Thanks to Rolf Siebelink for the tip!

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24 Responses to Windows Phone OS 7.0 Architecture Guide

  1. jctierney says:

    Wow, Windows Genuine Phone, that just seems crazy. Then again, most people would buy these devices brand new, so I guess this shouldn’t be too big of a deal for the average person.

    Everything else seems interesting, at least it doesn’t seem like Microsoft will allow phone developers to put a “skin” over the top of Windows Phone, like they did so often with Windows Mobile 6.1 and 6.5. That’s good.

  2. interframe says:

    Interesting moves Microsoft is making. All of this ensures that fragmentation won’t destroy this new platform, like it did with Windows Mobile and is now starting to happen with Android.

    Windows Mobile was an ugly mess. Ugly random apps, too much random hardware, and no control. Android’s situation will be even worse 5-10 years down the road. Open Source is like anarchy, theres no order or law, and while there are some benefits, things can get really ugly.

  3. claytontlewis says:

    This sounds to me like there will be no home-cooked ROMs.

    :(

    :’(

  4. davelindhout says:

    Can you say ‘walled garden’?

    Many of the complaints of the iPhone appear to be standard issue in WP7. Personally, I don’t think this is a bad thing, but all of the walled garden guys have got to be looking at Android.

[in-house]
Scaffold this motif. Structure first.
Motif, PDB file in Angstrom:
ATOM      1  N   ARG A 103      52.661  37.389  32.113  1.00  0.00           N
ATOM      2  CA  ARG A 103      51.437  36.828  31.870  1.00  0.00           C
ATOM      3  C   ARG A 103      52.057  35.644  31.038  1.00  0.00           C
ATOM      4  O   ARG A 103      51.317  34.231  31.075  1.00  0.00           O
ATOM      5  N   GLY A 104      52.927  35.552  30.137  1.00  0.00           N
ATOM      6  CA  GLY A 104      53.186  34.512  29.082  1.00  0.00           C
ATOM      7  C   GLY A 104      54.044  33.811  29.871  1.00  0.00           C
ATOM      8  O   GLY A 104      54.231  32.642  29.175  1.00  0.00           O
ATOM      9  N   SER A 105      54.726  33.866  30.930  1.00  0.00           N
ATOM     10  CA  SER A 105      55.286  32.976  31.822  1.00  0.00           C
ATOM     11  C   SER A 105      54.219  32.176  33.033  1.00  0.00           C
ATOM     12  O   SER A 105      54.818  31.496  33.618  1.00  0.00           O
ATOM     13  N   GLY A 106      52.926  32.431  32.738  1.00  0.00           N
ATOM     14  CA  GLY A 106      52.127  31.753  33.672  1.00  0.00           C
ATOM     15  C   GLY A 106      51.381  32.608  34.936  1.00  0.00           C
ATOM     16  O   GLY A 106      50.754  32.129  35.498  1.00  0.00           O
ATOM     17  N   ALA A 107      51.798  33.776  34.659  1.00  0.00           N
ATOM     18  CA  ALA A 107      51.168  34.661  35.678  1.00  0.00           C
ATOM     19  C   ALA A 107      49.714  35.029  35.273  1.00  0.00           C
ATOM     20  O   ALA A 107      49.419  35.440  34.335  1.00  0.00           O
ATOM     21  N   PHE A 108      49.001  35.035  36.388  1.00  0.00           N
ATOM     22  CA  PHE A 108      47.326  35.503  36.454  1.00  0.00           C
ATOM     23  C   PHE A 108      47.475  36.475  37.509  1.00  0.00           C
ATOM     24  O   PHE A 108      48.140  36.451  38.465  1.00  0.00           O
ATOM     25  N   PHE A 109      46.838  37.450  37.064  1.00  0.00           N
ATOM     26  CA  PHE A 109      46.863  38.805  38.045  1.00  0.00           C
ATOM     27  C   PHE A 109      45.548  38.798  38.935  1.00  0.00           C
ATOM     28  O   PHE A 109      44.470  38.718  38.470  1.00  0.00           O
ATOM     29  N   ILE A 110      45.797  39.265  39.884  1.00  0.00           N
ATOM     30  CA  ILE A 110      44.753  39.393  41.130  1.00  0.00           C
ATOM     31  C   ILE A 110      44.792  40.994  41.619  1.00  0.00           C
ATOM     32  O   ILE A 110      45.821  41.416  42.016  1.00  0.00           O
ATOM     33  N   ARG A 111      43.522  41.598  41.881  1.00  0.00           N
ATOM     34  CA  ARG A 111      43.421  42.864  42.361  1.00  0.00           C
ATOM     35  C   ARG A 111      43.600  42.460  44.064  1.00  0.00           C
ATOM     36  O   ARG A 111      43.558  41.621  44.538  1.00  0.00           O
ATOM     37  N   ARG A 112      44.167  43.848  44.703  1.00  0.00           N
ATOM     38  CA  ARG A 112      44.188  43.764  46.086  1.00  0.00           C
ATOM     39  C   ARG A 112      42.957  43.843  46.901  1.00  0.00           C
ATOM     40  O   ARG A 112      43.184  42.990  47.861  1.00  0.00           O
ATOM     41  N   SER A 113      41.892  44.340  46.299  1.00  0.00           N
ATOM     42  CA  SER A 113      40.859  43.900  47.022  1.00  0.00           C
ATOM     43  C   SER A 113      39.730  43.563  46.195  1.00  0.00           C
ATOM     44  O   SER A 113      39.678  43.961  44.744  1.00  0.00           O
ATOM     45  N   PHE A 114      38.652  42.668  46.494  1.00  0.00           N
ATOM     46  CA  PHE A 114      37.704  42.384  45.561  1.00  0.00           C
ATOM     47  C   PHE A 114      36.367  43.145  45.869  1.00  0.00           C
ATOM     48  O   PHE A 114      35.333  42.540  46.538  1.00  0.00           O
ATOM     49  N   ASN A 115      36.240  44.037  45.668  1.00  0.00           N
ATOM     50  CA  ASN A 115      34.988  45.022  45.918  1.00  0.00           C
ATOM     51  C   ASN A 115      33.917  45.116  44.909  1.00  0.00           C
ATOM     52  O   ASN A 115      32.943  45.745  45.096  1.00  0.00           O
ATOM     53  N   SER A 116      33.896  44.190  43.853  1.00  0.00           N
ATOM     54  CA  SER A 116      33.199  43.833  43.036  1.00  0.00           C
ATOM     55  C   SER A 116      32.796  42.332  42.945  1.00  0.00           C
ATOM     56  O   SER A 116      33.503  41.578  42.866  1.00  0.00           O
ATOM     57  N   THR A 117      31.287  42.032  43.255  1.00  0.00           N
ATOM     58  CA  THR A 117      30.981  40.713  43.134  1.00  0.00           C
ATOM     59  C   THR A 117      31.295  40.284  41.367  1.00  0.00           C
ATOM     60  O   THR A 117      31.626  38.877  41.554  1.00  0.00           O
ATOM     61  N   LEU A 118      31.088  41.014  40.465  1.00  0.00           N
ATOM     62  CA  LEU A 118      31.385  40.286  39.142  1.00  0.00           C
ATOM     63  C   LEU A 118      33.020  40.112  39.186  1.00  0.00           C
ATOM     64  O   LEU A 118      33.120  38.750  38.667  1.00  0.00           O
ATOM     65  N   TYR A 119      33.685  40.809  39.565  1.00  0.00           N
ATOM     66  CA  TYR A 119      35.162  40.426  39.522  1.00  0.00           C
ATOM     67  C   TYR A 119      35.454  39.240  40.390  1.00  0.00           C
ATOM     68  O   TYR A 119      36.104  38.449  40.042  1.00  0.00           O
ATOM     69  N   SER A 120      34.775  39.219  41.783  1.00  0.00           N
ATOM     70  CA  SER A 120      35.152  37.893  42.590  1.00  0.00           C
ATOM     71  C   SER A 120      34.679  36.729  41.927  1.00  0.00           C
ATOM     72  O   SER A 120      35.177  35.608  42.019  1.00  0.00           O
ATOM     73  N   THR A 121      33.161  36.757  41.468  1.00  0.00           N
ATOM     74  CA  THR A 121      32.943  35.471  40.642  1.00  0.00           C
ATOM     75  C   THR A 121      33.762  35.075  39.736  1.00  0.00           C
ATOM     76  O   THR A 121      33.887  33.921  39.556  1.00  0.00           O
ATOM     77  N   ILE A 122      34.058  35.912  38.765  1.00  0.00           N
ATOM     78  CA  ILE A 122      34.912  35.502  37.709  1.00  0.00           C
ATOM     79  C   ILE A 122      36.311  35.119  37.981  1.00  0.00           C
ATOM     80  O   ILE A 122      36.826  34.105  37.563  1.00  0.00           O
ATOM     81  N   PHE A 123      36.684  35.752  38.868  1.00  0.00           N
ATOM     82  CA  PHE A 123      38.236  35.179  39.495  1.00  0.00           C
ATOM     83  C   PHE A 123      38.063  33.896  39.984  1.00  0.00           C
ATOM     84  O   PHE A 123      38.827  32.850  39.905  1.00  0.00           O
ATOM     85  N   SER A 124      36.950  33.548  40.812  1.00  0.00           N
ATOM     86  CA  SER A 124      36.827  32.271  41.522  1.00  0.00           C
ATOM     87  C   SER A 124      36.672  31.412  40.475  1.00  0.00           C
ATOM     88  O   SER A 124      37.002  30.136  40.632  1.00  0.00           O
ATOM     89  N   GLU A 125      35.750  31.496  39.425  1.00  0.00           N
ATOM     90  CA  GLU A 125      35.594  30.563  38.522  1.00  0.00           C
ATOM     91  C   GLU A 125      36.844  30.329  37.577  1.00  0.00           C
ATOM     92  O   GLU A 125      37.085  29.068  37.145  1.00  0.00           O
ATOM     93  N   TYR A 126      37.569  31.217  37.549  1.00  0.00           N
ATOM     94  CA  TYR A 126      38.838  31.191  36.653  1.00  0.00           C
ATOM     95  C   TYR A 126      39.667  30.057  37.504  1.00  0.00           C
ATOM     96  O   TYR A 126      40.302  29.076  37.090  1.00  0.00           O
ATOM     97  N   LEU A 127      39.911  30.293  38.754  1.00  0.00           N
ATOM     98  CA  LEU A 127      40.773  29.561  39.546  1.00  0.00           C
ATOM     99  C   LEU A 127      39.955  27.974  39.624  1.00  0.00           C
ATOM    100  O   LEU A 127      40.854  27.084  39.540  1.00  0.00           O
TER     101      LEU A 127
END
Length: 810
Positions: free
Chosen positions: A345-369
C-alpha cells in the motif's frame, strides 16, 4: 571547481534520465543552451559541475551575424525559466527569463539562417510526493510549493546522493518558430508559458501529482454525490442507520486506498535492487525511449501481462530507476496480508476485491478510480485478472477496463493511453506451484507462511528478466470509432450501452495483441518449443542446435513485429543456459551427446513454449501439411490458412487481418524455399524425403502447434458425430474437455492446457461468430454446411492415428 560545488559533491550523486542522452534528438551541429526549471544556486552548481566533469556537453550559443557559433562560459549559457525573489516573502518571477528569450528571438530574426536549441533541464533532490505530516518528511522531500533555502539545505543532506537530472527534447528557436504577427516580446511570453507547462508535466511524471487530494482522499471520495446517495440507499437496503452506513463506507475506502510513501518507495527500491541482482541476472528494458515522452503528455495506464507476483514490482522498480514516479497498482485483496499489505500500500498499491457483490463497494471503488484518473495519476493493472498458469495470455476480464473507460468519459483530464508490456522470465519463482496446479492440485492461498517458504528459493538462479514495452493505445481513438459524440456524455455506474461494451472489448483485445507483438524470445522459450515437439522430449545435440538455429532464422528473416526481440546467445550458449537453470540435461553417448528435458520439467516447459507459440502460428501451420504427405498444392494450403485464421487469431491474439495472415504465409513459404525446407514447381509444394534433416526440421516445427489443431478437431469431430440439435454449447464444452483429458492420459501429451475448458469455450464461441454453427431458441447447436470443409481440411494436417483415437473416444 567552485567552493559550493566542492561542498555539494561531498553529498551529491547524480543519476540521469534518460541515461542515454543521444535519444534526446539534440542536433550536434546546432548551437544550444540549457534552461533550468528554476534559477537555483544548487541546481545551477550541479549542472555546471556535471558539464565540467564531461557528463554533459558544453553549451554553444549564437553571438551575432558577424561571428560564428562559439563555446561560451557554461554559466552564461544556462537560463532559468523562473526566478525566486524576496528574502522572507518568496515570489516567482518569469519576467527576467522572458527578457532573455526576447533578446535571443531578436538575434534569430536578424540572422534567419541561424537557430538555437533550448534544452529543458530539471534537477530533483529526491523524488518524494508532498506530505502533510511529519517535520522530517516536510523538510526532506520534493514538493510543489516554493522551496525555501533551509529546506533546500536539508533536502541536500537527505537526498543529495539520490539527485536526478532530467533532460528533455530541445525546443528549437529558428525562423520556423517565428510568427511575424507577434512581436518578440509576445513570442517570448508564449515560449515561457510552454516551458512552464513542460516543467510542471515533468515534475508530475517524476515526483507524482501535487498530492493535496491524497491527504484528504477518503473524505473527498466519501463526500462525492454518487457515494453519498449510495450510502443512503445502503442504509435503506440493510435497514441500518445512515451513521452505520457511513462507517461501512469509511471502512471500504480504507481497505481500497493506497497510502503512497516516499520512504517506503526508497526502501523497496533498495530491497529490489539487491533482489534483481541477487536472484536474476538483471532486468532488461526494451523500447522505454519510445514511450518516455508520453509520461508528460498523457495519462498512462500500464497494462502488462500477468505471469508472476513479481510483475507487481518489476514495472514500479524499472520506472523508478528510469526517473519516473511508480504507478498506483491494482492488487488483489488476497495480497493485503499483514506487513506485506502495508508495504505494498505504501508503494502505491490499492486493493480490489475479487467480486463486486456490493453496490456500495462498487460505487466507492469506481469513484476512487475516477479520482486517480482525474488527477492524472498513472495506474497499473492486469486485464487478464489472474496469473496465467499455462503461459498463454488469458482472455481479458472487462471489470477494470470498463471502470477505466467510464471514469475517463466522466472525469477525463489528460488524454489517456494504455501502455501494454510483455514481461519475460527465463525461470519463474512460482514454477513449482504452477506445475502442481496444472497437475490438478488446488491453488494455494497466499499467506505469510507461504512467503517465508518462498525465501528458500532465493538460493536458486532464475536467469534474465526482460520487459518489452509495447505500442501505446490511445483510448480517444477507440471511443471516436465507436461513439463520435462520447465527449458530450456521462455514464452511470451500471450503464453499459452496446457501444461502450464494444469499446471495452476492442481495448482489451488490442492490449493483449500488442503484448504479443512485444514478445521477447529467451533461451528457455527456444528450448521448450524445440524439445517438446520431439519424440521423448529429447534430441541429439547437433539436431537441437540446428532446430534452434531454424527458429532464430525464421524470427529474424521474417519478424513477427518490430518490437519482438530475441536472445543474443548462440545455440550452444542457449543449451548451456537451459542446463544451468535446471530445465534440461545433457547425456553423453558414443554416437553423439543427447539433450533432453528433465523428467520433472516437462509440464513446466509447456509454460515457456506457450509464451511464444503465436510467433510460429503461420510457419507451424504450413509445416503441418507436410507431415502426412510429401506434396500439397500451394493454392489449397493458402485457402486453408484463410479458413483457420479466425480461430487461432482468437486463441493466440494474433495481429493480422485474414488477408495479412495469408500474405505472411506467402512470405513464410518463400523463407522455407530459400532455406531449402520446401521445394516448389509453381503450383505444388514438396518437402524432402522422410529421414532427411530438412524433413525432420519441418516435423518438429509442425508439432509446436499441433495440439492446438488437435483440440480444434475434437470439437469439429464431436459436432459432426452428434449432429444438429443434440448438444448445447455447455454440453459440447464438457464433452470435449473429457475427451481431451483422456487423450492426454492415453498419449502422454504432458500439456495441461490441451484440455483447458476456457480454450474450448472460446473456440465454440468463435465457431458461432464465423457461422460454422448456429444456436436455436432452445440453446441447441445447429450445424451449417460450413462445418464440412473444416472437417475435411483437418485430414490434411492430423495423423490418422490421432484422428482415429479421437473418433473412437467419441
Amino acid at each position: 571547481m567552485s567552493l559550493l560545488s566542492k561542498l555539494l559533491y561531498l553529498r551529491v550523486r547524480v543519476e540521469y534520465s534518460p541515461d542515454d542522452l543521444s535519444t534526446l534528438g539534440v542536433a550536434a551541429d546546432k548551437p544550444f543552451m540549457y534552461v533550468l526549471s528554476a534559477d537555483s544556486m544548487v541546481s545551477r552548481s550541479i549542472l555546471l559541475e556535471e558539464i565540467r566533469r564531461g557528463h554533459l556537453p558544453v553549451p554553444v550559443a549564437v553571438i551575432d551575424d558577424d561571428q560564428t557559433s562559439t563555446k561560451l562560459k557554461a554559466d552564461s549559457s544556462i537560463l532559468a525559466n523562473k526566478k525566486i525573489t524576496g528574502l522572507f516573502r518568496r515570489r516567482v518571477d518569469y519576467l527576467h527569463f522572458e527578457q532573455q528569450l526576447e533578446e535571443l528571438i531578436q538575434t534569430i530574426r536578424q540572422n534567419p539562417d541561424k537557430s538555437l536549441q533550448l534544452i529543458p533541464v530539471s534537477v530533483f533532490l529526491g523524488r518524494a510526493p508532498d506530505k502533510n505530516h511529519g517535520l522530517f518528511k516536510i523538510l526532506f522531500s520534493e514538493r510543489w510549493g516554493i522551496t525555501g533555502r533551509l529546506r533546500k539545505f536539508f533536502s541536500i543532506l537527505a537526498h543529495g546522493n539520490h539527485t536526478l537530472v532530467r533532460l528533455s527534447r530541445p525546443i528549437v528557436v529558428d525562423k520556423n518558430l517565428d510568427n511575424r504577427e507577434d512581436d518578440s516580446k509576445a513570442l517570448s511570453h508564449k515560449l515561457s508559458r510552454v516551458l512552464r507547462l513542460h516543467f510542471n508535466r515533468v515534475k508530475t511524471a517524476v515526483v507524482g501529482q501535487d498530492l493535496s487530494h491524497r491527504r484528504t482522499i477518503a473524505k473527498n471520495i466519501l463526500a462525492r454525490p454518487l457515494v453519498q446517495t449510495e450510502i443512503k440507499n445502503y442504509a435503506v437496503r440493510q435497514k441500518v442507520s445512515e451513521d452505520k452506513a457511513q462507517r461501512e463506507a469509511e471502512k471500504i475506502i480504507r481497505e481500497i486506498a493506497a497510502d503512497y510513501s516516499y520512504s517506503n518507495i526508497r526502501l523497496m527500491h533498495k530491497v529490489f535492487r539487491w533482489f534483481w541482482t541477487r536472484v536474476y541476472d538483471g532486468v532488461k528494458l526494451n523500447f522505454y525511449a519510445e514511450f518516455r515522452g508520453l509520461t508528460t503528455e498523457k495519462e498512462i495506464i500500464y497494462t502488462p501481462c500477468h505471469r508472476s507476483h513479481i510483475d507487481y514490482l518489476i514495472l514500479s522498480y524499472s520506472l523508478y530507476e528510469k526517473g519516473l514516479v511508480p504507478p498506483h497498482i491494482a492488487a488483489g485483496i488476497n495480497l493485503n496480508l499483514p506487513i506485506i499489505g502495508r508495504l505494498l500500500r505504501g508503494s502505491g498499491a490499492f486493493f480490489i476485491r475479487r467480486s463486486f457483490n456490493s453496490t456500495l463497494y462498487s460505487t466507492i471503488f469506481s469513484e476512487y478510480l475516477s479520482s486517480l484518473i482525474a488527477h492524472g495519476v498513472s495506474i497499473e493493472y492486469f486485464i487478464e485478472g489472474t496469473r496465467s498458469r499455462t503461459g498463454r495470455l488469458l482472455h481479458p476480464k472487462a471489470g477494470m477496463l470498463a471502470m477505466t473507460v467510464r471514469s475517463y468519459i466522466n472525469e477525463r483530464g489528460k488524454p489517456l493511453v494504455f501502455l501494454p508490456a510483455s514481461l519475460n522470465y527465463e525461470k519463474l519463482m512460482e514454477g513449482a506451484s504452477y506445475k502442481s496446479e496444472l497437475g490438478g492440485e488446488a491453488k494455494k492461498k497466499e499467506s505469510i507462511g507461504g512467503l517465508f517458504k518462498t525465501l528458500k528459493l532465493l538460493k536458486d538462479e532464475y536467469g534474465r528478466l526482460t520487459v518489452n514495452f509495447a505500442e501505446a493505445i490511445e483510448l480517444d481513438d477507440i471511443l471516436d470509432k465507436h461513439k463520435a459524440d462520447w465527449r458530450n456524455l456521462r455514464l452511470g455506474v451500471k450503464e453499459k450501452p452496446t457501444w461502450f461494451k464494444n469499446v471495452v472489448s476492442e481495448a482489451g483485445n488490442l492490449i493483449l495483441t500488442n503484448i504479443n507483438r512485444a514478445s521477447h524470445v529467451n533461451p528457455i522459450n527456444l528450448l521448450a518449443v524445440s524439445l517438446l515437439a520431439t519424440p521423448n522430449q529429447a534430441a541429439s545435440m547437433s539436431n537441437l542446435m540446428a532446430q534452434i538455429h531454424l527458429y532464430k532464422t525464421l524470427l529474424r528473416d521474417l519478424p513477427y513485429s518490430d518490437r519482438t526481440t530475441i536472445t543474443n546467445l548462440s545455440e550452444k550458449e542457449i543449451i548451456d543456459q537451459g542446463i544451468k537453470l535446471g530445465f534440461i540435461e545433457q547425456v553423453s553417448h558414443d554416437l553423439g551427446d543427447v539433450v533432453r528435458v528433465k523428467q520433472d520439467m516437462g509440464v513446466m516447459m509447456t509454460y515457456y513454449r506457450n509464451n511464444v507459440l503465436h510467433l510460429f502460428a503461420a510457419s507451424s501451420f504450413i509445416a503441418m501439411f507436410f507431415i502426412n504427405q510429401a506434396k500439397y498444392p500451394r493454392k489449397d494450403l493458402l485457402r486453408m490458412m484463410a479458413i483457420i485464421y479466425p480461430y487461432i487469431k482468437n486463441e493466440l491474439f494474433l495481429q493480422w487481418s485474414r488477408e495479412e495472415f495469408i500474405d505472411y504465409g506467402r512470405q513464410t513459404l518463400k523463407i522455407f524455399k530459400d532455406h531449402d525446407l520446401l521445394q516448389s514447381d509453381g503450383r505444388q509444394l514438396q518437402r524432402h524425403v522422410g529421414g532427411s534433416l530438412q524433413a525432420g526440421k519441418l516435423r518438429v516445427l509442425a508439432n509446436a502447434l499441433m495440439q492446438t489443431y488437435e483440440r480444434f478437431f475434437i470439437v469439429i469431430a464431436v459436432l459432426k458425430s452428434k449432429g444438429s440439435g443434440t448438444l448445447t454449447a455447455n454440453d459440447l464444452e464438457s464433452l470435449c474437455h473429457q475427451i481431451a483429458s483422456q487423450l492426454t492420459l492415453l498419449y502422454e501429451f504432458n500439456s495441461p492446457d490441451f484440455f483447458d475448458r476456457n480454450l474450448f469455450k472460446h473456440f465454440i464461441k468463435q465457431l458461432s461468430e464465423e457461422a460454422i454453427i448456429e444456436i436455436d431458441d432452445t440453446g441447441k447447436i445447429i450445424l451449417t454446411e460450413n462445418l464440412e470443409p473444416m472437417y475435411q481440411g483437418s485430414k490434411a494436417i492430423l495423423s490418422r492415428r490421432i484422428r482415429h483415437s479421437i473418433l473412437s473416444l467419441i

• Paul Thurrott says:

      What do you mean?

      • claytontlewis says:

        Its not that big of a deal to me that it won’t be really hackable, but still somewhat disappointing. The guys over at XDA do some awesome stuff and even I don’t take full advantage of it, it still feels awesomely geeky to run a custom ROM.

    • interframe says:

      Sure, its a little strict but i dont think Microsoft has the intention to make it as locked down as the iPhone.

      Many of the problems that were caused in Windows Mobile (one of the most hated mobile OS’ of this modern smartphone era) was simply because that entire platform lacked rules and boundaries.

      What you got was most OEMs coming out with ridiculously under-powered and down right horrible devices. And you also got apps that were either written 10 years ago or modern apps that were just written horribly and worked horribly. The standard UI for Windows Mobile apps was terrible and not a lot of developers came up with something better.